October 3, 2017, 5:46 PM · When you look at buy it now options on ebay, you can easily make the mistake of thinking these instruments are actually selling for those prices, fact is very little of it is selling and much of it is so overpriced that it never will sell.
October 3, 2017, 6:16 PM · Most violinists own multiple instruments. Primary, secondary, outdoor, and so on.
October 3, 2017, 6:37 PM · I've asked a similar question about many other things. Who buys all those new cars on the lots? Actually,
who buys all those Chryslers and Fiats? Now that's an interesting question.
And those "Smart Cars"? Who is buying all those? People who want to save money and buy a combined coffin/car?

The world is awash in stuff. Everything, including violins, have become commodified. It's probably why growth has stagnated in most western countries.

Too much stuff. Including violins.

October 3, 2017, 6:57 PM · Our entire economy is based on the idea that people will buy way more stuff than they need, that people need an endless array of choices. Just look how many different kinds of dog food there are.
Edited: October 3, 2017, 7:59 PM · "Just look how many different kinds of dog food there are."

And I haven't found a single one of them I find to be particularly tasty. :)


October 3, 2017, 8:04 PM · Sampling dog food is kind of like sampling cheap Chinese violins off ebay!!
October 4, 2017, 12:34 AM · At least sampling dog food I don't get splinters in my gums. :)
October 4, 2017, 6:40 AM · I have a MJZ workshop violin as a backup for outdoor performances and travel. Several of my friends also have workshop instruments from Cao, Snow, MJZ, etc. for similar purposes. The principal second violinist in our orchestra has a Snow viola that she bought used from a college student so that she could diversify a bit and get more gigs.

I bought a violin with decorative carving off ebay once out of curiosity; it was so pretty, I figured if I didn't like the way it sounded I could turn it into an art piece. (At the moment, it is on the wall in my practice room, displayed inside a shadow box.) I also have an inexpensive viola that I bought so I could find out if I really did have the time/inclination to pick that up on the side before making a larger investment. I've enjoyed trying it out and building skills in the practice room, but I'll get a better one before I start advertising myself for viola gigs.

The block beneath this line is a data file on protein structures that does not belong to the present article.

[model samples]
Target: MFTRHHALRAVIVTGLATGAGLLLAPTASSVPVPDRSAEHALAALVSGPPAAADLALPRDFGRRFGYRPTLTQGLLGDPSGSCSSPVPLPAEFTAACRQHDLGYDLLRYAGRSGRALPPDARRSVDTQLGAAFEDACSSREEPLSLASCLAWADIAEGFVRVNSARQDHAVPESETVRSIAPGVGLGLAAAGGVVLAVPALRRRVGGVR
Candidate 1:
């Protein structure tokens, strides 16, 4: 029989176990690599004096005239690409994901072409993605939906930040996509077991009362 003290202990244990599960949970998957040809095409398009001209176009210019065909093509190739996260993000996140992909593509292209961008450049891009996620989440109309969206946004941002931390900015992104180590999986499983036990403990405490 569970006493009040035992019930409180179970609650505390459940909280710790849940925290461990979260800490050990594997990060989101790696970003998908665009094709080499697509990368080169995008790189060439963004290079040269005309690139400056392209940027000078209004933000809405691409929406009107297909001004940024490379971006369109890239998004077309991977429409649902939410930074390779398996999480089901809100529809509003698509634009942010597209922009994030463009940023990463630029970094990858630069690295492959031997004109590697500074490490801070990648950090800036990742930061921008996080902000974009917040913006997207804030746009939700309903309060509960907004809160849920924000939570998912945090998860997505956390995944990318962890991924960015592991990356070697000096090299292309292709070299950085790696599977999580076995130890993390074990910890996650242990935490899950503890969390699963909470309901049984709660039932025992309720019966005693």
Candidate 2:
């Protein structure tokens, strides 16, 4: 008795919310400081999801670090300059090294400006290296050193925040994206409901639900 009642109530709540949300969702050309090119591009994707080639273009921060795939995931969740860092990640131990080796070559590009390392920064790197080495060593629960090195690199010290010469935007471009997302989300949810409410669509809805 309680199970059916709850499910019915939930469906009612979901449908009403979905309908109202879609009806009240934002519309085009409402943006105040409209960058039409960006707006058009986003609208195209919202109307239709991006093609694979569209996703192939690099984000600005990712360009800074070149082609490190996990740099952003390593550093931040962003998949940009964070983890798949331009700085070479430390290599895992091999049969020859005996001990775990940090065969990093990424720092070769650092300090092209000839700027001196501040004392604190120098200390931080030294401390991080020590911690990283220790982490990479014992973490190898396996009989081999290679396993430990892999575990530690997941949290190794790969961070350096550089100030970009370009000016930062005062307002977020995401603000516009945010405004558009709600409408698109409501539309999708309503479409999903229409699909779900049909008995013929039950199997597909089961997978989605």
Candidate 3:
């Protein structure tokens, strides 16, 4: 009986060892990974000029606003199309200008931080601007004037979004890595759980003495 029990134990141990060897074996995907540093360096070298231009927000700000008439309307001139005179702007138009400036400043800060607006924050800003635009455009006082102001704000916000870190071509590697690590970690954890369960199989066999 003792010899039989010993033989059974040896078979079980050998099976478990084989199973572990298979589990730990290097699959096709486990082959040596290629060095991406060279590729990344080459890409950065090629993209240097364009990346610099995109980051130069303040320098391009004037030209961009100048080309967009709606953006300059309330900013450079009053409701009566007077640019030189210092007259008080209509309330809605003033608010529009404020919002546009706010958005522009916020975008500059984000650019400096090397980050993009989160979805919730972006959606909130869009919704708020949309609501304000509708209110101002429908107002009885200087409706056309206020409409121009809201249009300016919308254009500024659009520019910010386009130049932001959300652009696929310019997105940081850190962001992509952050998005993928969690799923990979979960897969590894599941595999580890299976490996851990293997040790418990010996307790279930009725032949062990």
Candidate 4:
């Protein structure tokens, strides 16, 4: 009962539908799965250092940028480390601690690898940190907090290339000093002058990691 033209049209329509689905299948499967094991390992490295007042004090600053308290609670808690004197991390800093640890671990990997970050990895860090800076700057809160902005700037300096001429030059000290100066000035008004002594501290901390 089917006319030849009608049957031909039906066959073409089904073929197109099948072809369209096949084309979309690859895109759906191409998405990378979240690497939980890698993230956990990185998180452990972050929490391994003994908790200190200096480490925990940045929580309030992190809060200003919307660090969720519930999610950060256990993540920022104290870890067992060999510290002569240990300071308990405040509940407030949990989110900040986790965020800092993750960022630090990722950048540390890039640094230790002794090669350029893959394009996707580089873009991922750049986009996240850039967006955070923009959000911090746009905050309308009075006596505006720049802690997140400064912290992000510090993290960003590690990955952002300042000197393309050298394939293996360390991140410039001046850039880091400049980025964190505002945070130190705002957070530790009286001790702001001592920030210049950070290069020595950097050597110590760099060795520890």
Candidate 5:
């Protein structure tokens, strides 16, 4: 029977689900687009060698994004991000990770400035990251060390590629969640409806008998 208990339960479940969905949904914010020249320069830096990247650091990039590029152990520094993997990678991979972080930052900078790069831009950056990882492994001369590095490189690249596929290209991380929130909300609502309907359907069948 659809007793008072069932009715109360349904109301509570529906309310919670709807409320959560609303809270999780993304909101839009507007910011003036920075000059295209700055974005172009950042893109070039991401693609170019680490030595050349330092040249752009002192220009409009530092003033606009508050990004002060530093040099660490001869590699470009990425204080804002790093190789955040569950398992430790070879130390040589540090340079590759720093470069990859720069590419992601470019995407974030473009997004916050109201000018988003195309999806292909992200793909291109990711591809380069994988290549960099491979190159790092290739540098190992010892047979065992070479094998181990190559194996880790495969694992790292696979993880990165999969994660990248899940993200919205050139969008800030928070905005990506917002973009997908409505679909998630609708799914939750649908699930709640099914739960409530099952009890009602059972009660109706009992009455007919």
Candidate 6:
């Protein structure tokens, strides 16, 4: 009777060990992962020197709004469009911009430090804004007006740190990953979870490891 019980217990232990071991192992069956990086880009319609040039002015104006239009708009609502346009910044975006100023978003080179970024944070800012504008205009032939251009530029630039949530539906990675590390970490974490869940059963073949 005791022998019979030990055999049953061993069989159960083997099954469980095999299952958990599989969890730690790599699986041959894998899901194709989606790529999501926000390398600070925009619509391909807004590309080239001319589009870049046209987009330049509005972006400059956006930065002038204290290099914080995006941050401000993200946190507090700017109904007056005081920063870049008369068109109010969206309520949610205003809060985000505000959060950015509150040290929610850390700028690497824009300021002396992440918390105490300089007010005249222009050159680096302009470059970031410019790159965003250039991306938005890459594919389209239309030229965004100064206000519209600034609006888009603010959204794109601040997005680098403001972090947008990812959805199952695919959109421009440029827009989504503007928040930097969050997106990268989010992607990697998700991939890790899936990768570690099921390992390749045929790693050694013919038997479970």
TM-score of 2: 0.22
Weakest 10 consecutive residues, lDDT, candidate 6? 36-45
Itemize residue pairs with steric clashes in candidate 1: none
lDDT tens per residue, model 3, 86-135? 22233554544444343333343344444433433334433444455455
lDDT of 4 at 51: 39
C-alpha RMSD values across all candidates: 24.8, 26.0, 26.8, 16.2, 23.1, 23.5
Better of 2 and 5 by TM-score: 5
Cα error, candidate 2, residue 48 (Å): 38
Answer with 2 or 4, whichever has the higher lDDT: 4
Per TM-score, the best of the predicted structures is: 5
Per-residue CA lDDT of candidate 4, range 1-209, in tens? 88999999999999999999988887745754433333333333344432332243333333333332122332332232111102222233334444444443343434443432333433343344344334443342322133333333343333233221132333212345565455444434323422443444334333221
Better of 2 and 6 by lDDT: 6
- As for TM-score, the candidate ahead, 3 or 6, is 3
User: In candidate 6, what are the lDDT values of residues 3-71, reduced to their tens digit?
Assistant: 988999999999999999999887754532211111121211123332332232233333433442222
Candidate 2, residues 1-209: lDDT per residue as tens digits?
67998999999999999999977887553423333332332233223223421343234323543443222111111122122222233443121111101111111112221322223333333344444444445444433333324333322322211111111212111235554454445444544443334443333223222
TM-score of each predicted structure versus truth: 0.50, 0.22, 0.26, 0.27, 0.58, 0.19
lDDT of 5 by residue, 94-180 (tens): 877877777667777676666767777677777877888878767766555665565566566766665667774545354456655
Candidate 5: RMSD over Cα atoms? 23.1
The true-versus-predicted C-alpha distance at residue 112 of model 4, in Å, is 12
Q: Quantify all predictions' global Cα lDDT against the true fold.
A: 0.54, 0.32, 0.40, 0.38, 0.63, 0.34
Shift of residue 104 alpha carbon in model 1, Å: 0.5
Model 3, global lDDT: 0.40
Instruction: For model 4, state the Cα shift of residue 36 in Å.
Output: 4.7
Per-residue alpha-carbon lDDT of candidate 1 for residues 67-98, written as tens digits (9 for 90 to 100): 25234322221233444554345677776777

October 4, 2017, 8:25 AM · David Burgess said on October 3, 2017, 3:01 PM · "Chinese "factory" violins are sold all over the world, at a rate of about three hundred thousand per year..."

At that rate, if all these new violins were given away to newborn children each year, 99.7% of the children would not have a violin.

There are a LOT of people in the world.

October 4, 2017, 9:21 PM · The Chinese factory made violins are usually for practice or secondary instuments. There are plenty of people destroying violins- ex) toddlers who first learn the violin and is not careful, people who forget all about it in their garage, violinists who take cheaper ones with them it trips and them being damaged, etc.

Also the huge population of china and sevral other big countries are developing in economical, cultural ways these days, so maybe they are the ones who buy those.

However, I dont think this only goes bu violins. Think of things like smat phones, cars, hairpins, sissers are all being constantly made.

October 7, 2017, 5:03 AM · Anyone have decent figures for French factory violin production rates for example? According to this - http://violininformation.webs.com/tradeinstruments.htm JTL alone produced around 150,000 instruments a year. Given the population growth, the Chinese production volume in comparison doesn't seem that high.

"These instruments are very plentiful and some can be very nice." plus ça change..

October 14, 2017, 7:34 PM · "Chinese "factory" violins are sold all over the world, at a rate of about three hundred thousand per year..."

At that rate, if all these new violins were given away to newborn children each year, 99.7% of the children would not have a violin

I don't know the exact numbers but I'm confident a very high percentage of children don't have a violin. :)

October 14, 2017, 8:38 PM · I don’t think the population is growing so much but that the economic growth is playing a great role at enabling more people to afford violins and violin lessons.
Edited: October 14, 2017, 9:20 PM · Am I the only person who thinks that it's a beautiful thing that the world is flooded with violins? I am more than a tiny bit scared to see so many guns are made and sold in some country.
October 14, 2017, 9:42 PM · Yixi, you are not the only one. A world flooded with violins is a beautiful one.